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Judi Lynn

(161,081 posts)
Sat Dec 28, 2013, 01:40 PM Dec 2013

Uruguay, Little Trailblazer That Could

Uruguay, Little Trailblazer That Could
Posted: 12/22/2013 8:15 pm

As 2013 hurtles to a close, Uruguay has been receiving an avalanche of worldwide recognition. London's The Guardian called the entire country "heroic" and said that it deserved a Nobel Peace Prize, Foreign Policy named President José Mujica among its "100 Leading Global Thinkers" for "redefining the Latin American left," and The Economist just named Uruguay its first-ever "Country of the Year." As a festive top-off, Buzzfeed published 21 reasons that everyone should move to Uruguay in 2014.

As a Uruguayan who grew up in the diaspora, accustomed to blank stares upon telling people where I'm from, and as an author of books about Uruguay, I find that there is a profound whiplash that comes with this level of global attention. We Uruguayans often experience our nation, culture, and realities as peripheral to global affairs. We are a nation of 3 million people sandwiched between two giants, Argentina and Brazil. We often feel invisible. How refreshing, then, to suddenly be heralded as a trailblazer for progressive change.

What's spurring all the attention?

Its primary source is Uruguay's groundbreaking new marijuana law. On Dec. 10 this tiny nation became the first in the world to legalize the cultivation and sale of marijuana, a project that aims to combat the illicit drug trade and its accompanying scourge of social violence, providing an alternative to the failing, U.S.-led war on drugs that may well be a model for other nations in the Americas and beyond. In other words, this is not just a law about smoking pot; it's a law about peace and safety.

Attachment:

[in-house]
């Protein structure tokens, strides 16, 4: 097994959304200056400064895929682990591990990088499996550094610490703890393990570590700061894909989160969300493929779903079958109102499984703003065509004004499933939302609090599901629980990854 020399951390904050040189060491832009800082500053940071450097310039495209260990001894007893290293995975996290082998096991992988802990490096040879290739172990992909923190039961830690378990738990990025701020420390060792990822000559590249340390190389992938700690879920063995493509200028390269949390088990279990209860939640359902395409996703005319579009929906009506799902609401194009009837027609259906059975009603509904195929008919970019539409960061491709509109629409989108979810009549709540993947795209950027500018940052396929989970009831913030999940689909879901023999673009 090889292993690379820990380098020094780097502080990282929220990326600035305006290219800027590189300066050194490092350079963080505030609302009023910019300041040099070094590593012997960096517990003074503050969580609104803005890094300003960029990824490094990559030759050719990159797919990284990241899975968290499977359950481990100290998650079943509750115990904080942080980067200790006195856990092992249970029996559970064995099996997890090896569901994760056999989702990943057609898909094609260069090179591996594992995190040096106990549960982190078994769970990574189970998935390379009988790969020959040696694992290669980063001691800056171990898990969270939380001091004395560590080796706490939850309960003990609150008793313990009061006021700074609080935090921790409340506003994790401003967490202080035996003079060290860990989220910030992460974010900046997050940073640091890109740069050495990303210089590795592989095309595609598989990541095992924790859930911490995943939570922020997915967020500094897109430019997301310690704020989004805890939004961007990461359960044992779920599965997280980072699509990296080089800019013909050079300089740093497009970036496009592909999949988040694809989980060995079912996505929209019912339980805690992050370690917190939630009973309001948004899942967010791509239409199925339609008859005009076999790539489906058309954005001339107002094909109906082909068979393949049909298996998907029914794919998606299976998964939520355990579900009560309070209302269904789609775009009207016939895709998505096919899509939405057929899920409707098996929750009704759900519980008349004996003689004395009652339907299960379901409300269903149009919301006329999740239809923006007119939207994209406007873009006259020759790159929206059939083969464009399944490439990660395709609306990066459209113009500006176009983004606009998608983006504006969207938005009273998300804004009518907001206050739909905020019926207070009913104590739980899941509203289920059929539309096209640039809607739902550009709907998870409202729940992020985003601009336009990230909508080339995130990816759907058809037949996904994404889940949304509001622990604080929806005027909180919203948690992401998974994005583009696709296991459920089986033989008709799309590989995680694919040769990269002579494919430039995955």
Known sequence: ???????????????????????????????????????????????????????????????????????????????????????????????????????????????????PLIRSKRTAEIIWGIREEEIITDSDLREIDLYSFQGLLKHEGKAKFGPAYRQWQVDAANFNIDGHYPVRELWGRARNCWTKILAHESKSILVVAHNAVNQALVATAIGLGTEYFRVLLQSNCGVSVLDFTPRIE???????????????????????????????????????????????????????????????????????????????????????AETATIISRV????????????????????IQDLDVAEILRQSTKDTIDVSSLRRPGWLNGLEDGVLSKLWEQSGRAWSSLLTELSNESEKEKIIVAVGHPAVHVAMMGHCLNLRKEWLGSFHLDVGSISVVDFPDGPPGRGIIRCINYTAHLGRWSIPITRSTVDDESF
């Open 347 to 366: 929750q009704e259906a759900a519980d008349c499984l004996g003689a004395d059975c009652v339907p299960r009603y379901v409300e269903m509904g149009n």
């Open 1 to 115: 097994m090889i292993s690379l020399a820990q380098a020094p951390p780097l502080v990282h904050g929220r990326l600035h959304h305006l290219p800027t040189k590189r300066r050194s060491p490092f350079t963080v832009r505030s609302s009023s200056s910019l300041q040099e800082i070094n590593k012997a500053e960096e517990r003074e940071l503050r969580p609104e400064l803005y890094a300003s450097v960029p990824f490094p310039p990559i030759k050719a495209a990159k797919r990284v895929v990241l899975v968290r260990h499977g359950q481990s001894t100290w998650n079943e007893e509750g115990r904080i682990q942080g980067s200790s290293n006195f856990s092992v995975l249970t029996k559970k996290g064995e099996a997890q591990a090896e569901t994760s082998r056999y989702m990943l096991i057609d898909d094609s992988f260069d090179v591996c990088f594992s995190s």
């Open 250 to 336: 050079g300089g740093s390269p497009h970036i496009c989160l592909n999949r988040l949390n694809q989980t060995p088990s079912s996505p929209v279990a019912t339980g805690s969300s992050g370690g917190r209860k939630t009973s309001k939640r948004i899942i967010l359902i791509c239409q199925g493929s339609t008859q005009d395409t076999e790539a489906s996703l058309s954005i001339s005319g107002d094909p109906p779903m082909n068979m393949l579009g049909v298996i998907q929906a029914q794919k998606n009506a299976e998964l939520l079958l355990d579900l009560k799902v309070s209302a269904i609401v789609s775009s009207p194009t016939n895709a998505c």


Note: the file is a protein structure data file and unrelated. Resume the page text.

There are other transformative policies that aggregate to create this potent moment in Uruguay. Among them:

• Uruguay legalized gay marriage this year, becoming the second Latin American nation to do so, and the 12th in the world. Even gay activists have been shocked by how many same-sex marriages have been officiated here since then. (My wife and I had the privilege of attending one: that of two loving men who've been together for 34 years. Their friends, neighbors, and former colleagues swarmed them with love and cheers. I should not have worn mascara.) Although homophobia certainly still exists, the social climate has been changing at a dizzying speed, thanks to the work of activists and remarkable public awareness campaigns like this one.

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Uruguay, Little Trailblazer That Could (Original Post) Judi Lynn Dec 2013 OP
k&r idwiyo Dec 2013 #1
Indeed they are ConcernedCanuk Dec 2013 #2


(13,509 posts)
2. Indeed they are
Sat Dec 28, 2013, 10:03 PM
Dec 2013


A good read at Wiki:


Uruguay ranks first in the world on a per capita basis for its contributions to the United Nations peacekeeping forces, with 2,513 soldiers and officers in 10 UN peacekeeping missions.


The Port of Montevideo, handling over 1.1 million containers annually, is the most advanced container terminal in South America.


"Uruguay is part of the One Laptop Per Child project, and in 2009 became the first country in the world to provide a laptop for every primary school student"


For a tiny country with just over 3 million people, they appear quite progressive.

Hope the USA don't harass them over this cannabis thing.

USA's got a bee up it's ass over that stuff.



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